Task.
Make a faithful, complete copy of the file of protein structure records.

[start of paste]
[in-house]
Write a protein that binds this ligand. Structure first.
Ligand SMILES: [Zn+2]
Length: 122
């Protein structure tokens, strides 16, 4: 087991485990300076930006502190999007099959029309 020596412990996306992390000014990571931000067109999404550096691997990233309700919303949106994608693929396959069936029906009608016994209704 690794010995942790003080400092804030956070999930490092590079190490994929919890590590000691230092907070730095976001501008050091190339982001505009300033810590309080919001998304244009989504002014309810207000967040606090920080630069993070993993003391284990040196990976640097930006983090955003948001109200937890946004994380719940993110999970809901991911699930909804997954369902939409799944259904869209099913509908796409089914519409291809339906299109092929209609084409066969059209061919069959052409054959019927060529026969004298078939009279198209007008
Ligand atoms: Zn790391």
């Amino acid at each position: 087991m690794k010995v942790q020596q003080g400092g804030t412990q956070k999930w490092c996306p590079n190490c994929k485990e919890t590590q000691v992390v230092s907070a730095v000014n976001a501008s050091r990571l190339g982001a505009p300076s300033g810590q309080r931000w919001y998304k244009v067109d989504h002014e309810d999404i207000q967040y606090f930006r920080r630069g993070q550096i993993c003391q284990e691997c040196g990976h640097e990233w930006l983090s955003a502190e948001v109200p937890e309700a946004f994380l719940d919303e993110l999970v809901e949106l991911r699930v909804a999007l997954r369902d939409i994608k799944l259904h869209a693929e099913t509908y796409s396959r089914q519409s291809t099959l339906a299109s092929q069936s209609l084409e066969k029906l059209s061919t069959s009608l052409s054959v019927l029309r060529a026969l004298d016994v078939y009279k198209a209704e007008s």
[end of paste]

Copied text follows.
[in-house]
Write a protein that binds this ligand. Structure first.
Ligand SMILES: [Zn+2]
Length: 122
């Protein structure tokens, strides 16, 4: 087991485990300076930006502190999007099959029309 020596412990996306992390000014990571931000067109999404550096691997990233309700919303949106994608693929396959069936029906009608016994209704 690794010995942790003080400092804030956070999930490092590079190490994929919890590590000691230092907070730095976001501008050091190339982001505009300033810590309080919001998304244009989504002014309810207000967040606090920080630069993070993993003391284990040196990976640097930006983090955003948001109200937890946004994380719940993110999970809901991911699930909804997954369902939409799944259904869209099913509908796409089914519409291809339906299109092929209609084409066969059209061919069959052409054959019927060529026969004298078939009279198209007008
Ligand atoms: Zn790391």
């Amino acid at each position: 087991m690794k010995v942790q020596q003080g400092g804030t412990q956070k999930w490092c996306p590079n190490c994929k485990e919890t590590q000691v992390v230092s907070a730095v000014n976001a501008s050091r990571l190339g982001a505009p300076s300033g810590q309080r931000w919001y998304k244009v067109d989504h002014e309810d999404i207000q967040y606090f930006r920080r630069g993070q550096i993993c003391q284990e691997c040196g990976h640097e990233w930006l983090s955003a502190e948001v109200p937890e309700a946004f994380l719940d919303e993110l999970v809901e949106l991911r699930v909804a999007l997954r369902d939409i994608k799944l259904h869209a693929e099913t509908y796409s396959r089914q519409s291809t099959l339906a299109s092929q069936s209609l084409e066969k029906l059209s061919t069959s009608l052409s054959v019927l029309r060529a026969l004298d016994v078939y009279k198209a209704e007008s």